Rather than rectifying a fault, inappropriate repairs can cause further problems. For guidance see Historic Scotland's Practitioners' Guide to the Conservation of Historic Graveyards, The Guidelines for Cemetery Conservation prepared by the National Trust of Australia (NSW) and information produced by the National Trust For New South Wales, Woodlawn Cemetery (Canada) and Chicora Foundation (USA).
- If your gravestone has statutory protection (get download [40K]), this will affect what you can do to the stone.
- Stones must be lifted only under specialist supervision (get download [1.4MB]). Friable stones are liable to break-up if lifting is attempted.
- For repairs to stone, use lime mortar. Hard cement mortars should be avoided.
- Fractured gravestones should be repaired using non-ferrous dowels of suitable length and either polyester resin (for clean breaks) or lime mortar (for wider joints).
- Where the inscription has been lost from a stone, re-cutting should not be undertaken. A preferred alternative is to position a new plaque, with the text reproduced, in the ground at the front of the original tombstone. For more information on the issues involved in caring for inscriptions see Sections 7.4 and 7.5 in The Guidelines for Cemetery Conservation prepared by the National Trust of Australia (NSW).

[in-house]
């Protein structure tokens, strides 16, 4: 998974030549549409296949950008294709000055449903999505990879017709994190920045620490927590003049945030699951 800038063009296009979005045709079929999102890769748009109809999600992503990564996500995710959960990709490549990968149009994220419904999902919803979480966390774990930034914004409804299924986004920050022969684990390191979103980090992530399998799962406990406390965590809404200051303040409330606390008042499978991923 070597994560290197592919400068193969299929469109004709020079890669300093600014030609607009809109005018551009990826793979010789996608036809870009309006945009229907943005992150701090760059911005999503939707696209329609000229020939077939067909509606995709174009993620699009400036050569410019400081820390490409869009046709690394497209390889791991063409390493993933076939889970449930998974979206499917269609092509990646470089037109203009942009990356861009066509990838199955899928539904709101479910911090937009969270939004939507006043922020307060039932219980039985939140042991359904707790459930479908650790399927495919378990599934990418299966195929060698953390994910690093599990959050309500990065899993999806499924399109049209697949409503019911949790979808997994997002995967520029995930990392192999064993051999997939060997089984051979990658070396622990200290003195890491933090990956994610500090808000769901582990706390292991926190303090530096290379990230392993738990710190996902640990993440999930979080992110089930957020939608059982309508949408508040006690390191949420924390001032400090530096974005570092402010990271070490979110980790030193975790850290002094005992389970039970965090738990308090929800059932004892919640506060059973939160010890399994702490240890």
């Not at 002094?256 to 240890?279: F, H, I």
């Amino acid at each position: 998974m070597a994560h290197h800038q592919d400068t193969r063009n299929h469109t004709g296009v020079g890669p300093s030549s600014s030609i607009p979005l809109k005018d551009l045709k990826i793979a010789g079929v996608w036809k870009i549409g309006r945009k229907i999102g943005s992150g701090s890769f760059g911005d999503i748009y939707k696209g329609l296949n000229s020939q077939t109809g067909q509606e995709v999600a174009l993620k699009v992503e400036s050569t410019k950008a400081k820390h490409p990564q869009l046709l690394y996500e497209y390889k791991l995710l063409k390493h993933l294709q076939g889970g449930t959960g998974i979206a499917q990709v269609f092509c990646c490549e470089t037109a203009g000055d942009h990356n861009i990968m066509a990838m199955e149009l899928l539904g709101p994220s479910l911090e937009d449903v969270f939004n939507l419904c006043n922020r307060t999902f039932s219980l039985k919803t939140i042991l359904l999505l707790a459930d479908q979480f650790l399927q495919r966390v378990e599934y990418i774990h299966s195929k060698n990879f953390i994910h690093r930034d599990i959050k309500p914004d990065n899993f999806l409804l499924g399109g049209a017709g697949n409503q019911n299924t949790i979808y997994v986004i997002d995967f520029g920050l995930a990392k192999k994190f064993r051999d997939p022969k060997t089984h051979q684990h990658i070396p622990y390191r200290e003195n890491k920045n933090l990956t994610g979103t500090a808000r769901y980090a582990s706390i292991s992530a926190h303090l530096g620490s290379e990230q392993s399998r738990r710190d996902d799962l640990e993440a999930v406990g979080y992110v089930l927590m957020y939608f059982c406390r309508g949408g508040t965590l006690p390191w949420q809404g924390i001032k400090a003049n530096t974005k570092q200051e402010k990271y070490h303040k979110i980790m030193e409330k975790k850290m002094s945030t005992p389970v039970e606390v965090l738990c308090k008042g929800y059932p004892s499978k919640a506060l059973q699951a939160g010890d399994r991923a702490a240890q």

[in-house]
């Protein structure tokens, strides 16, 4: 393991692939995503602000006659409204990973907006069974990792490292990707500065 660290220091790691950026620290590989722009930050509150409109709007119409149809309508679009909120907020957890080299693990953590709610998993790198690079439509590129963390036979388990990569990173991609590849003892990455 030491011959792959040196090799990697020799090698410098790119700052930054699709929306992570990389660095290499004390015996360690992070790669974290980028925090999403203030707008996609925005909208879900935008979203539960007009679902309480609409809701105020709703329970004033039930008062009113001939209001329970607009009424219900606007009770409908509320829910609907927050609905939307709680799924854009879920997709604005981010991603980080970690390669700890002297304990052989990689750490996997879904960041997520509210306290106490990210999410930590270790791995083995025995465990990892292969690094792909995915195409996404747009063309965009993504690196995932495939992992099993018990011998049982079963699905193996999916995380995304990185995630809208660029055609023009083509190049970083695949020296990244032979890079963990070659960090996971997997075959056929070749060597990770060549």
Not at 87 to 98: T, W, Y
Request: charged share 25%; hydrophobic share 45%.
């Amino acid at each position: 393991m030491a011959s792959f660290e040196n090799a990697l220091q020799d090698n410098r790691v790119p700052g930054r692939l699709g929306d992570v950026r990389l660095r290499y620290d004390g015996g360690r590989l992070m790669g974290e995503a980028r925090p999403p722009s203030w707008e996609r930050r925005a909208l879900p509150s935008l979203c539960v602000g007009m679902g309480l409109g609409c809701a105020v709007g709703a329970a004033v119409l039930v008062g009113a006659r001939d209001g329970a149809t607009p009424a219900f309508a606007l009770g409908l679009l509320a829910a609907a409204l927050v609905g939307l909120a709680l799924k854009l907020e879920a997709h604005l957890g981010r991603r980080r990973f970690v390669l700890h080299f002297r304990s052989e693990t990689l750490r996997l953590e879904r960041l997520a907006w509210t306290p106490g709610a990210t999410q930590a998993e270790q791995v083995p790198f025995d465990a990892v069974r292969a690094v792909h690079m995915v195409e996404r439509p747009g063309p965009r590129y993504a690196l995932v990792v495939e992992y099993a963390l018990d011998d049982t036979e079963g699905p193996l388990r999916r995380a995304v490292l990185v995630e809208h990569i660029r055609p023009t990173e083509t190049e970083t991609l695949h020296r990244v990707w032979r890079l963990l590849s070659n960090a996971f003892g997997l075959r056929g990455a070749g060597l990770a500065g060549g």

Following the advice below will ensure that graveyard maintenance has a positive effect on the conservation of the memorials and the site itself. For further guidance see Historic Scotland's free leaflet Maintaining a Historic Graveyard (get download [41K]), advice produced by Chicora Foundation (USA).
- Do not cut back turf from the bases of gravestones. Where turf has been cut back previously, if practicable, carefully re-turf exposed soil.
- Where a gravestone that has been concealed below grass is accidentally uncovered, it should be recorded, assessed and then re-turfed to prevent further deterioration.
- Do not use ride-on mowers for grass cutting in close proximity to memorials, including flat stones, due to the risk of damage. Use hand-held gardening tools near any historic memorials, taking care not to make contact with stonework.
- Paths are part of the original design and the alignment of existing paths should be retained.
Page last updated August 2006